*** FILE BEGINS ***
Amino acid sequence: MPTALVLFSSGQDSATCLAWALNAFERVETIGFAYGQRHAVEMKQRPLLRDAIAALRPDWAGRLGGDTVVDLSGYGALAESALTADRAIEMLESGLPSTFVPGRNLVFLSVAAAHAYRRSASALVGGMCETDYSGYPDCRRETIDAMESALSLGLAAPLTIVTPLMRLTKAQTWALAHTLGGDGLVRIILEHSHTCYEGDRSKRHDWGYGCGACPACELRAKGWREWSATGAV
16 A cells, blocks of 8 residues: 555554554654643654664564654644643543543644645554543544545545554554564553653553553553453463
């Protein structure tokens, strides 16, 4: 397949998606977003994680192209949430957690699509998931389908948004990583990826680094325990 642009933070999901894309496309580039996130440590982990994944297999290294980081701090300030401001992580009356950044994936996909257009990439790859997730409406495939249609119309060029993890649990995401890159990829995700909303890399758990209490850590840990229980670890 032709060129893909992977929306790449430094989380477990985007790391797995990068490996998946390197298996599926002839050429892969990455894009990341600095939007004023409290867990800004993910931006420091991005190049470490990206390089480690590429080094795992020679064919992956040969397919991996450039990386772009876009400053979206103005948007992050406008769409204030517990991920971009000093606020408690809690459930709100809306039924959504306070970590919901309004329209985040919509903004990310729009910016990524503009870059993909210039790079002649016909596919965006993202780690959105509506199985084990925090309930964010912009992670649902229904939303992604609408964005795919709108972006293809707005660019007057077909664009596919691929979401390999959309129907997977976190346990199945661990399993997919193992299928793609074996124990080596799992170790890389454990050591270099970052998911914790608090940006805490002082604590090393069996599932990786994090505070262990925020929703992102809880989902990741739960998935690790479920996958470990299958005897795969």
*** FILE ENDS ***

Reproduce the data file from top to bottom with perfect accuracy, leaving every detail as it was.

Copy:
Amino acid sequence: MPTALVLFSSGQDSATCLAWALNAFERVETIGFAYGQRHAVEMKQRPLLRDAIAALRPDWAGRLGGDTVVDLSGYGALAESALTADRAIEMLESGLPSTFVPGRNLVFLSVAAAHAYRRSASALVGGMCETDYSGYPDCRRETIDAMESALSLGLAAPLTIVTPLMRLTKAQTWALAHTLGGDGLVRIILEHSHTCYEGDRSKRHDWGYGCGACPACELRAKGWREWSATGAV
16 A cells, blocks of 8 residues: 555554554654643654664564654644643543543644645554543544545545554554564553653553553553453463
């Protein structure tokens, strides 16, 4: 397949998606977003994680192209949430957690699509998931389908948004990583990826680094325990 642009933070999901894309496309580039996130440590982990994944297999290294980081701090300030401001992580009356950044994936996909257009990439790859997730409406495939249609119309060029993890649990995401890159990829995700909303890399758990209490850590840990229980670890 032709060129893909992977929306790449430094989380477990985007790391797995990068490996998946390197298996599926002839050429892969990455894009990341600095939007004023409290867990800004993910931006420091991005190049470490990206390089480690590429080094795992020679064919992956040969397919991996450039990386772009876009400053979206103005948007992050406008769409204030517990991920971009000093606020408690809690459930709100809306039924959504306070970590919901309004329209985040919509903004990310729009910016990524503009870059993909210039790079002649016909596919965006993202780690959105509506199985084990925090309930964010912009992670649902229904939303992604609408964005795919709108972006293809707005660019007057077909664009596919691929979401390999959309129907997977976190346990199945661990399993997919193992299928793609074996124990080596799992170790890389454990050591270099970052998911914790608090940006805490002082604590090393069996599932990786994090505070262990925020929703992102809880989902990741739960998935690790479920996958470990299958005897795969």